Edmond de Rothschild inherited Château Rothschild, Boulogne-Billancourt and owned the Château Rothschild d'Armainvilliers in Gretz-Armainvilliers in the Seine-et-Marne département.

   Edmond took little active part in banking but pursued artistic and philanthropic interests, helping to found scientific research institutions such as the Institut Henri Poincaré, the Institut de Biologie physico-chimique, the pre-Centre National de la Recherche Scientifique, the Casa Velázquez in Madrid, and the French Institute in London. He served as a member of the French Académie des Beaux-Arts and through it sponsored the archaeological digs of Charles-Simon Clermont-Ganneau in Egypt, Eustache de Lorey in Syria, and Raymond Weill in Palestine.

   Edmond de Rothschild acquired an important collection of drawings and engravings that he bequeathed to the Louvre consisting of more than 40,000 engravings, nearly 3,000 drawings, and 500 illustrated books. Included in this gift were more than one hundred engravings and drawings by Rembrandt. A portion of his art collection was bequeathed to his son James A. de Rothschild and is now part of the National Trust collection at Waddesdon Manor. However, in 1882 Edmond cut back on his purchases of art and began to buy land in Southern Syria (Ottoman Palestine).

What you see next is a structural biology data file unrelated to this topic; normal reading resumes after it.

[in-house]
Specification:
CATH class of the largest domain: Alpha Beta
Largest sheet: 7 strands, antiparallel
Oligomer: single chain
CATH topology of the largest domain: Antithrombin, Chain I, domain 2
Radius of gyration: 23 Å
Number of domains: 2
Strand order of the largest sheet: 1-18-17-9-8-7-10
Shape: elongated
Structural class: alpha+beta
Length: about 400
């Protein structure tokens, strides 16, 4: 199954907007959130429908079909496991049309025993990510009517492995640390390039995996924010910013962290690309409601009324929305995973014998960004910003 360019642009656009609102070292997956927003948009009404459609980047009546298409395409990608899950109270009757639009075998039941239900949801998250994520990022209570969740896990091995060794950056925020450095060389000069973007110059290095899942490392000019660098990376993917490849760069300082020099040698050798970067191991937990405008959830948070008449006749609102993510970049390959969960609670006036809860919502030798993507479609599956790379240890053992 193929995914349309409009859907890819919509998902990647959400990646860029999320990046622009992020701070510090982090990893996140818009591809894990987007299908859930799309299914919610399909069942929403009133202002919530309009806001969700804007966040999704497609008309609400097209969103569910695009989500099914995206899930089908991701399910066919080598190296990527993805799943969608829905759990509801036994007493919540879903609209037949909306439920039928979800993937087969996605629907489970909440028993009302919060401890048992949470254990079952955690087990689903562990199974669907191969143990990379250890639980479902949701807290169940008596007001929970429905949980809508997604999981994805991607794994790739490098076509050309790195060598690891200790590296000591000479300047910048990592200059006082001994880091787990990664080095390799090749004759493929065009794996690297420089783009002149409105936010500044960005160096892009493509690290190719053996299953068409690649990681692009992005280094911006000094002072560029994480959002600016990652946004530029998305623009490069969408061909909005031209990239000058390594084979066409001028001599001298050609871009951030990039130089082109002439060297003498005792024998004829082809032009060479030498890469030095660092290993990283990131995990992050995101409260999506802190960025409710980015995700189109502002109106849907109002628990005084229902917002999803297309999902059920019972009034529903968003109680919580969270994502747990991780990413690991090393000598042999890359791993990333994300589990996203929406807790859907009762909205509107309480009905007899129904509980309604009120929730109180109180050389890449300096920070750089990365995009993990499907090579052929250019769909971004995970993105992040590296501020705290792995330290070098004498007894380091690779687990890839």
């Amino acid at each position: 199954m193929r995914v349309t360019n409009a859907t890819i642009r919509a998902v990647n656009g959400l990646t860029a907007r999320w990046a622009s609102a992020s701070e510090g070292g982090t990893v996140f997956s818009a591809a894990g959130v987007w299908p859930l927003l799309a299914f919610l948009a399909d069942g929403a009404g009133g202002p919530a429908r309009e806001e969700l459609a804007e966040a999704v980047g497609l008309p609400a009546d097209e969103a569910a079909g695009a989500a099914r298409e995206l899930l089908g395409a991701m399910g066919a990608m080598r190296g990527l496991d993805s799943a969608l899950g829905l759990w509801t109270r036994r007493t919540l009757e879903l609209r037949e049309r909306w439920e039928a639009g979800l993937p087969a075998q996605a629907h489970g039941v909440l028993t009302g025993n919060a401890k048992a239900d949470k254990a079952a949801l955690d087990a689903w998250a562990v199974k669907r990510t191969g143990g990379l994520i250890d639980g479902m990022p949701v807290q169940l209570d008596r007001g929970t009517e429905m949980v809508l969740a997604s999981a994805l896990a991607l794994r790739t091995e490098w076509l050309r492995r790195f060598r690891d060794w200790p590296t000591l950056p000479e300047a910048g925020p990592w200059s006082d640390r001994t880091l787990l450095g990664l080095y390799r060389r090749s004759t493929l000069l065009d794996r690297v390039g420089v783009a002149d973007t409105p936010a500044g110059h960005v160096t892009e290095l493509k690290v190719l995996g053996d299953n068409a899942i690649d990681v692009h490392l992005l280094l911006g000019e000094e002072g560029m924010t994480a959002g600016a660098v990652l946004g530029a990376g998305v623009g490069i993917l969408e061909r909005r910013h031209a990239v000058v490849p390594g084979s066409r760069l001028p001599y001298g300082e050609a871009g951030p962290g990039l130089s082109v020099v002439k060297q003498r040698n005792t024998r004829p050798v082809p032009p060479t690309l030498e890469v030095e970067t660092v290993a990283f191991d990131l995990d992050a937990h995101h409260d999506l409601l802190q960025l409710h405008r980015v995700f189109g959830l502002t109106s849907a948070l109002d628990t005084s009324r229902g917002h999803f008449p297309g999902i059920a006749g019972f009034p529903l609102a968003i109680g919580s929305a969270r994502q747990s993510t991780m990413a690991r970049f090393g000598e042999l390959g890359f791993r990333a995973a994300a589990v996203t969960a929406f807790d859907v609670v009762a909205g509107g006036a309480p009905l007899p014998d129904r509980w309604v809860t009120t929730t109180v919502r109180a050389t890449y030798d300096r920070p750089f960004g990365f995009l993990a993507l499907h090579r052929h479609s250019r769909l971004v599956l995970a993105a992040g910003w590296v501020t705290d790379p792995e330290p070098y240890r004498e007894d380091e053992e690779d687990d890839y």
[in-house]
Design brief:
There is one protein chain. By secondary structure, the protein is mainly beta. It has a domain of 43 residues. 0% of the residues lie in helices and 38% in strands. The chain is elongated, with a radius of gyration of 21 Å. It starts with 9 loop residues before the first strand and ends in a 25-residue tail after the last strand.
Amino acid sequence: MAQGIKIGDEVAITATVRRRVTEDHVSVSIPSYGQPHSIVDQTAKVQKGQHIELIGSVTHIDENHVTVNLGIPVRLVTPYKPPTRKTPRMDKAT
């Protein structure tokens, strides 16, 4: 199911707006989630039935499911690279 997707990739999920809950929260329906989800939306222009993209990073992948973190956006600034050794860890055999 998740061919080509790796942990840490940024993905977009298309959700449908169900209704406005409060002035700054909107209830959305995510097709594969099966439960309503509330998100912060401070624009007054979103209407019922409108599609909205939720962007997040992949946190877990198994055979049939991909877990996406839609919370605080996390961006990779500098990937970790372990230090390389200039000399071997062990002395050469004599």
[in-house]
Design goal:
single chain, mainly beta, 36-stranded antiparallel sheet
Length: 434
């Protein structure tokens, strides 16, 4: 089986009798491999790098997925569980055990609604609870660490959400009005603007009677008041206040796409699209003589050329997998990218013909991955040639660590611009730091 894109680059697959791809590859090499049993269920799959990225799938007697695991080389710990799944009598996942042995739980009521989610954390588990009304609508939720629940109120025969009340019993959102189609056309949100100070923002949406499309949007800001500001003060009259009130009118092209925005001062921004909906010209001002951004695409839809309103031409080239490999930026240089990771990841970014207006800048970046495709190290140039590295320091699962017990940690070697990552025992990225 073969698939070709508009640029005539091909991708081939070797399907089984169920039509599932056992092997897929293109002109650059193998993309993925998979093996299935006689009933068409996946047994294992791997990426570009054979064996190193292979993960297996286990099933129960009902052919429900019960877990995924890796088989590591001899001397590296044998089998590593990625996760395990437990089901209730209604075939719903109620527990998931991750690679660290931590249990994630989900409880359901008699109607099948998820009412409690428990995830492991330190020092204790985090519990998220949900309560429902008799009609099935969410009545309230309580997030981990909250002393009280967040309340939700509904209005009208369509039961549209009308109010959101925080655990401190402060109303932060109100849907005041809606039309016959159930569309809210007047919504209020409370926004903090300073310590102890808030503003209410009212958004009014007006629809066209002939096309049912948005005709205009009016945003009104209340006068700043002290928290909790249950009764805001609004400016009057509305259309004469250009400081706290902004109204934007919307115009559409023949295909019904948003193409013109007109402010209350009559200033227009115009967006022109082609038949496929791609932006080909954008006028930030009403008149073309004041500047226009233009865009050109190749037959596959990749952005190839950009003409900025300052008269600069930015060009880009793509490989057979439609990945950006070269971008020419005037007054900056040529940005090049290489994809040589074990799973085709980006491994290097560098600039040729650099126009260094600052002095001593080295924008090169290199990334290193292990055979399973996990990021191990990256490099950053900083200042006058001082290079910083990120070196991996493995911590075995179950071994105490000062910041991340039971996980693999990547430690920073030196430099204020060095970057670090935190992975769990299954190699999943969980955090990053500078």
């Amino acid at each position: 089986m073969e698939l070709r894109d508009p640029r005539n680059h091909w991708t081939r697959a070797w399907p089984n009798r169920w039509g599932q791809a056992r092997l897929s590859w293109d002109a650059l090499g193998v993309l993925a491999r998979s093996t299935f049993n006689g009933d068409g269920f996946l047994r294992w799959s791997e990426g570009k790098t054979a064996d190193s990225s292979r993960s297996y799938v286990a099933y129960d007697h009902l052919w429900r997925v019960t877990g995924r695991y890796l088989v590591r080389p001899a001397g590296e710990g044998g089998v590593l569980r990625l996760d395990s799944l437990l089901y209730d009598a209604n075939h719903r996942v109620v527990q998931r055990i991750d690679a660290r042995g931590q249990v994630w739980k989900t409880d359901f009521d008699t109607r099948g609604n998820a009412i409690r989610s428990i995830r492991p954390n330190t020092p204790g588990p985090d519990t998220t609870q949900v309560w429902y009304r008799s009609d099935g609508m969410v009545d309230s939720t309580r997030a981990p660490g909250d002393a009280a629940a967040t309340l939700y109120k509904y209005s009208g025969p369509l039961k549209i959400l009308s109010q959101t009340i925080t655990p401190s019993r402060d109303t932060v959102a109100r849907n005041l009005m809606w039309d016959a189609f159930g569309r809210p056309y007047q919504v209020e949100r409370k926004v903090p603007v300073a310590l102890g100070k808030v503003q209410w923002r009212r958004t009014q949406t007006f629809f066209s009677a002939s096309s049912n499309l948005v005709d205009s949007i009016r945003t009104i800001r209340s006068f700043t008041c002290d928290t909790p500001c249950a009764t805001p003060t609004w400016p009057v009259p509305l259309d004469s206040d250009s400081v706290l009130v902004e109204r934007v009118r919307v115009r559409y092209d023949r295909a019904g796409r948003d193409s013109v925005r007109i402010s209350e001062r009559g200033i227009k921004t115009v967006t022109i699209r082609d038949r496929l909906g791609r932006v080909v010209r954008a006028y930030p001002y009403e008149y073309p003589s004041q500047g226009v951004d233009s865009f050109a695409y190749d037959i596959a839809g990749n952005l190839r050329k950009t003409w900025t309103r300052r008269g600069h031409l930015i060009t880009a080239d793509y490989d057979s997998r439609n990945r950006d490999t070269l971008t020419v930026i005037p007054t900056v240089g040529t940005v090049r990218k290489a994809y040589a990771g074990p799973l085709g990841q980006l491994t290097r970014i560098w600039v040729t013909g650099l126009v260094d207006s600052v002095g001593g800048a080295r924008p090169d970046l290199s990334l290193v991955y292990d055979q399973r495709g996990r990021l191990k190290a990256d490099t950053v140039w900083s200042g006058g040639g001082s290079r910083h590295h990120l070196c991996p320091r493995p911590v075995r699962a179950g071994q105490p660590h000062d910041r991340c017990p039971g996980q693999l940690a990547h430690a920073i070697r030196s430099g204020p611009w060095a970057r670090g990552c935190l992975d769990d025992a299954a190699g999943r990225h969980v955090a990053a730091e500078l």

He became a leading proponent of the Zionist movement, financing the first site at Rishon LeZion. In his goal for the establishment of a Jewish homeland, he promoted industrialization and economic development. In 1924, he established the Palestine Jewish Colonization Association (PICA), which acquired more than 125,000 acres (50,586 ha) of land and set up business ventures.

   Edmond de Rothschild also played a pivotal role in Israel's wine industry. Under the supervision of his administrators in Ottoman Palestine, farm colonies and vineyards were established, and two major wineries were opened in Rishon LeZion and Zikhron Ya'akov. It is estimated that Rothschild spent over $50 million in supporting the settlements, and backed research in electricity by engineers and financed development of an electric generating station.